Please know that history is often portrayed through the eyes of the white man. Whitewashed history is not always the truth. Please take a look at this brilliant article that I have shared and you may read my thoughts below…
It is a blessing unto us that you have shared such a significant story of a powerful African woman, who was a great ancestral leader. The world shall not, unremember the true history makers that society has tried so arduously to make us forget. You can only hide the truth. You cannot erase it. Though white society has tried so laboriously to obscure our past with the myth of the great white dynasty, it is to their impending doom that they have chosen to do so.
I have always believed that the backbone of any society was, and will always be their women. I challenge anyone who wishes to compare the white woman with that of the black woman, and you will see that throughout history the white woman has been fraught with the inability to lead, while the black woman has lead vast civilizations all the way down through the communities in which we live today.
The peril of white society will be that of the white women herself. The woman they have placed so high atop this mythical pedestal, in which they profess her prodigiousness as a “Goddess.” But we all know the truth, that she is a false deity, as she has been placed upon this podium to be used as a weapon of sin, against the weak. Beware that this pedestal is frail and fragile, as it must be protected by her man since it is without foundation. The white woman is unable to lead into battle like Nzinga, as it would force her true worth to be revealed. It is for this reason that the white man expends so much energy protecting their woman, because if the “White Goddess” were to be confessed, than the white dynasty would fall into ruins.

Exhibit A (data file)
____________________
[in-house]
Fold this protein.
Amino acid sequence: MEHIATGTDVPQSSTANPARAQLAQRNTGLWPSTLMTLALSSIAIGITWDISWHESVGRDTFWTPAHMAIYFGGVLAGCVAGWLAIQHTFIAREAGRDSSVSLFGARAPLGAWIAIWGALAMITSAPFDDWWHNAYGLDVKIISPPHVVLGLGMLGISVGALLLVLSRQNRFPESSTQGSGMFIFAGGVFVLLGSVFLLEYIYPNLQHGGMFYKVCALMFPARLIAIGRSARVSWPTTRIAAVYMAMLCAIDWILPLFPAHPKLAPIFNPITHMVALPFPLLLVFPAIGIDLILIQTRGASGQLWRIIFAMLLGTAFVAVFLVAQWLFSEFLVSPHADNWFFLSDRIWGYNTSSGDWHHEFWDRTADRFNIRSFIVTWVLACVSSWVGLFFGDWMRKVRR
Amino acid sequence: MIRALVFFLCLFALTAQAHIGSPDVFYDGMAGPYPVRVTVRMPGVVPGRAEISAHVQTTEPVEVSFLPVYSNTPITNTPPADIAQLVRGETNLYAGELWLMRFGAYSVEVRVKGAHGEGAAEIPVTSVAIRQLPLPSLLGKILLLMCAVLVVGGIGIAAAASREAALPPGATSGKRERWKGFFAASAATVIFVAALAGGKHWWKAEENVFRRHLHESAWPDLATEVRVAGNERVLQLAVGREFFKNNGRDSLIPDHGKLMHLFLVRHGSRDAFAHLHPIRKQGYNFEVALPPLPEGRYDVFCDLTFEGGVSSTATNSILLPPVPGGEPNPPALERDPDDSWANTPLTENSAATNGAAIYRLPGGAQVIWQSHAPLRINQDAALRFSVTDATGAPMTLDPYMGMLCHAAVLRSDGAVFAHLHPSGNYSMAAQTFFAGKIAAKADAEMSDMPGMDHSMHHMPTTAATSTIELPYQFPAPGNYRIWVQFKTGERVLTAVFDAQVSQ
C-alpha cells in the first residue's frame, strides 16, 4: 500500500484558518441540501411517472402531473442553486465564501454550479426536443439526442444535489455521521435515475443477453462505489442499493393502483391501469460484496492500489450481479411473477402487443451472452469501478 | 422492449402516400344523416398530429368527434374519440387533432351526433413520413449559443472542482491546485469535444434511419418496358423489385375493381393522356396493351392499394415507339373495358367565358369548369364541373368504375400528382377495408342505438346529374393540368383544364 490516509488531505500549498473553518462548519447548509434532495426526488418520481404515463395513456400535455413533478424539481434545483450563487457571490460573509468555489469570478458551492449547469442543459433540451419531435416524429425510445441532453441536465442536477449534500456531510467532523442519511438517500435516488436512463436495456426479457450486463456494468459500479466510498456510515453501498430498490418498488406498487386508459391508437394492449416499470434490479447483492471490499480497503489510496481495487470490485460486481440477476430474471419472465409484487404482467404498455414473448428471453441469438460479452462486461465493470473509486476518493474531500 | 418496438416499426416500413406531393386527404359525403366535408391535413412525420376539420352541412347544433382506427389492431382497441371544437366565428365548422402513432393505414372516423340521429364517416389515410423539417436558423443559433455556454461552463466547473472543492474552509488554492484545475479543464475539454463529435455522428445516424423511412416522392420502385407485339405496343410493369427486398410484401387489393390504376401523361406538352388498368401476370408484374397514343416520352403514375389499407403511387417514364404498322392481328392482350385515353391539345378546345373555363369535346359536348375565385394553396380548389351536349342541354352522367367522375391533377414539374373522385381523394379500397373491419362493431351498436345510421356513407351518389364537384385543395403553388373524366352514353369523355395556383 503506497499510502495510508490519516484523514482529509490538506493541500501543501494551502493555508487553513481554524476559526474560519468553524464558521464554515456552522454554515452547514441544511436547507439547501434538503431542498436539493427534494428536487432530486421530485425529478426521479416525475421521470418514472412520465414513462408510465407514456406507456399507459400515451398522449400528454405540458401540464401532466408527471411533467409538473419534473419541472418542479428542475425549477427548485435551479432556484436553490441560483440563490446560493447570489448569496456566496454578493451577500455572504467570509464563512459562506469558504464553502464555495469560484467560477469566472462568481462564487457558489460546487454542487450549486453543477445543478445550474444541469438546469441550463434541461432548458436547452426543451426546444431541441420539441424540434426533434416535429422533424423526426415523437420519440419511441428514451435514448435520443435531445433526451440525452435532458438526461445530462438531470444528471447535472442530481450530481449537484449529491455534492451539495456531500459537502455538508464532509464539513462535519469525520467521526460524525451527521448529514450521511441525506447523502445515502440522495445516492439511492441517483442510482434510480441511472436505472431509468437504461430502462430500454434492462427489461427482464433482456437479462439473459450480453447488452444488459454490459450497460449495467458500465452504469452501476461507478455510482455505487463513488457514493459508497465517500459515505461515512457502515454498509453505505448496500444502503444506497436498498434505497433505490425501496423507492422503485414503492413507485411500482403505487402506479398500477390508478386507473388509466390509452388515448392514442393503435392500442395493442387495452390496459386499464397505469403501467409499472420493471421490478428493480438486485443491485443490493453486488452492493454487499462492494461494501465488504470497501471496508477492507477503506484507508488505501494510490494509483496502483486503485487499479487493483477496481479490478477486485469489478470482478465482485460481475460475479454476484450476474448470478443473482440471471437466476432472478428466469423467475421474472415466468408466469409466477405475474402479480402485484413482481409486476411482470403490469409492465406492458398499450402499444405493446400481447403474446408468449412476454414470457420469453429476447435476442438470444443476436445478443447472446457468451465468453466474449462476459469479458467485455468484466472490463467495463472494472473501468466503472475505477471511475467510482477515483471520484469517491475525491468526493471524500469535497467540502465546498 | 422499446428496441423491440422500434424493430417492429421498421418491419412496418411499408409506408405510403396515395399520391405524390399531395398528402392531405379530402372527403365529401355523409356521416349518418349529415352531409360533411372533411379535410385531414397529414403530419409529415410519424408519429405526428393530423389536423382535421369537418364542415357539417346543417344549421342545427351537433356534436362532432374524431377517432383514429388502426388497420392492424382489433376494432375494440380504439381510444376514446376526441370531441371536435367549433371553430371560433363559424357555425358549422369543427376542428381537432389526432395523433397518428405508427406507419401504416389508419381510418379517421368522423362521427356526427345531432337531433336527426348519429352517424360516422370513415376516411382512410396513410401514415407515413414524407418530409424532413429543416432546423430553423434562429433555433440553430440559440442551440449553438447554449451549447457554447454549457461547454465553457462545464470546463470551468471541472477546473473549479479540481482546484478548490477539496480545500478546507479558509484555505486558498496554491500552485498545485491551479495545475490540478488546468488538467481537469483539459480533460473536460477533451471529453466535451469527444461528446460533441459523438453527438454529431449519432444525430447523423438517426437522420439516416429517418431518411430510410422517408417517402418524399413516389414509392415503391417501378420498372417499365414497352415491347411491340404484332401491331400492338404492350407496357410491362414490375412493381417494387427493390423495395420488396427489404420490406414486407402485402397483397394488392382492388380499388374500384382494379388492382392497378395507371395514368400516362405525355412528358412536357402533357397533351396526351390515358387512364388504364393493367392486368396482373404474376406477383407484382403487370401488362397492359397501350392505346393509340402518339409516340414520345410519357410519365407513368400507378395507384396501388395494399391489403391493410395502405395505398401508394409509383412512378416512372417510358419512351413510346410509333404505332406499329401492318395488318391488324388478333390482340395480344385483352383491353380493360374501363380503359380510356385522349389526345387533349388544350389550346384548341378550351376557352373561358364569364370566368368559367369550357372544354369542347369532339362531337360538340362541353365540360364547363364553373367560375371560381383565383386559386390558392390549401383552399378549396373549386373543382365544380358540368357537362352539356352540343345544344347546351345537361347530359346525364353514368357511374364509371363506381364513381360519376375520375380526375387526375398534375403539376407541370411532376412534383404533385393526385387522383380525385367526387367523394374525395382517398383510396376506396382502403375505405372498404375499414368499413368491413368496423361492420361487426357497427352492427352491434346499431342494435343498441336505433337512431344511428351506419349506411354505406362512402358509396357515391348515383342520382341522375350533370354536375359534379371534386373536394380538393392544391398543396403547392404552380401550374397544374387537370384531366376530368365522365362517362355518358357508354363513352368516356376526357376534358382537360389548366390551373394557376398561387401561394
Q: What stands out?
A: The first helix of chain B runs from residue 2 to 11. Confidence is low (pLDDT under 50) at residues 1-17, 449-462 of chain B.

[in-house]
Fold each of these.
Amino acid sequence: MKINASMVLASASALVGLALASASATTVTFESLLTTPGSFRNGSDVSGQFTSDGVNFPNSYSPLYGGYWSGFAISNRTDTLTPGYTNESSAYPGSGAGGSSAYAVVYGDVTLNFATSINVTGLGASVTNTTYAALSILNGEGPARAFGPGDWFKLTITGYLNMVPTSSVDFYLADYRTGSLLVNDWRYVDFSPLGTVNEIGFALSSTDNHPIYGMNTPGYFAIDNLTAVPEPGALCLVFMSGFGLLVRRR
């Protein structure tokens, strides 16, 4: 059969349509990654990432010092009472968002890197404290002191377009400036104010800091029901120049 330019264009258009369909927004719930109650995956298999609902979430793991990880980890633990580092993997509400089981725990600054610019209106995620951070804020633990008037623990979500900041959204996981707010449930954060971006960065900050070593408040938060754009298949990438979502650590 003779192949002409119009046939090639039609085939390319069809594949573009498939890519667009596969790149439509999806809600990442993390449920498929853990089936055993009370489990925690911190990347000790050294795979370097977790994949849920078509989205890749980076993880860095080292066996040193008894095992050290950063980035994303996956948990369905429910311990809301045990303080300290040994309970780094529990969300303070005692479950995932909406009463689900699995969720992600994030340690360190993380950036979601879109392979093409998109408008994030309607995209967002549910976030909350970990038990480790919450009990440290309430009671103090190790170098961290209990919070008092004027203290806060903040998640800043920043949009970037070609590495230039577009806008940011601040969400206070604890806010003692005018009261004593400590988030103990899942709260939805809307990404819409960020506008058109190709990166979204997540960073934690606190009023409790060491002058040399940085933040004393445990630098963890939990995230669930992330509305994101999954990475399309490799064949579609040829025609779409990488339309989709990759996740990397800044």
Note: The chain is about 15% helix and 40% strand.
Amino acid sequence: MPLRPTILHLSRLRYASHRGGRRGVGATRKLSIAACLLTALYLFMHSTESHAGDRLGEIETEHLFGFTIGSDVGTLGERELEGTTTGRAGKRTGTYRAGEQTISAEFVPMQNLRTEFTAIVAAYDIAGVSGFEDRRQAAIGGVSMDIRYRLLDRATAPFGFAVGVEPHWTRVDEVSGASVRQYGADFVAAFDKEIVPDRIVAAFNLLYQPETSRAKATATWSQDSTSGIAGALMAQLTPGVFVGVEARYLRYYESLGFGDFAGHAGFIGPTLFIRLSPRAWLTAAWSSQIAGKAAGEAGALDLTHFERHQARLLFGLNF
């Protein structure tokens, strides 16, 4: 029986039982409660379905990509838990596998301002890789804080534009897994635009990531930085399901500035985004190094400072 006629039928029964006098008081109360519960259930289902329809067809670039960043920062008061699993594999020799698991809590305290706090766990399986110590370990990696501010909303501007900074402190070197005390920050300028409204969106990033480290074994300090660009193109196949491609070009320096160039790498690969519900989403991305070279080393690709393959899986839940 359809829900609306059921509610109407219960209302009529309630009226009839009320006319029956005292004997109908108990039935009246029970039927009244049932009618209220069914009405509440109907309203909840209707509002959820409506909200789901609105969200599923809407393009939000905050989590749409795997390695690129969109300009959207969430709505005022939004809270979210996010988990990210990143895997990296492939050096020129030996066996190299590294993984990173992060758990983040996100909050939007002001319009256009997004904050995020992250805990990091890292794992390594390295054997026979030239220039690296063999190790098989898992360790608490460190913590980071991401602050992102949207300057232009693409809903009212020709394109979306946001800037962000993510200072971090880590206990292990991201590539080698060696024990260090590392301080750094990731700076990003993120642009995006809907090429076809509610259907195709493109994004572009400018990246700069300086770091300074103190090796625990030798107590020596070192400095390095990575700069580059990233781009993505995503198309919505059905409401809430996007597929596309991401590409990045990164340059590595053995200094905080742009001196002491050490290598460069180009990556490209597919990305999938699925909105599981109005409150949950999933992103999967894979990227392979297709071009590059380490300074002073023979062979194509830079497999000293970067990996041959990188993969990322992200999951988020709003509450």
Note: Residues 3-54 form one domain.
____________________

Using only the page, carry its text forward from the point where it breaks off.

In the 16th century, Portuguese slave traders turned to the Congo and southwest Africa, after their stake in the slave trade was threatened by England and France in the northern part of the continent. Their most stubborn opposition came from an unexpected source: an Angolan queen who ruthlessly maneuvered her way into power, fought off the slavers for decades, and, rumor has it, immolated her lovers.
Nzinga of Ndongo and Matamba, also known as Nzinga Mbandi, Anna Nzinga, and Rainha Ginga, was born in 1583 to the king of Ndongo, a kingdom of the Mbundu people in modern-day Angola. The story goes that Nzinga was so named because she was born with her mother’s umbilical cord wrapped around her neck, and the Mbundu word for “to twist” is kujinga (an alternate spelling of Nzinga is “Njinga”). This circumstance was believed to indicate that the child would grow to be proud and…
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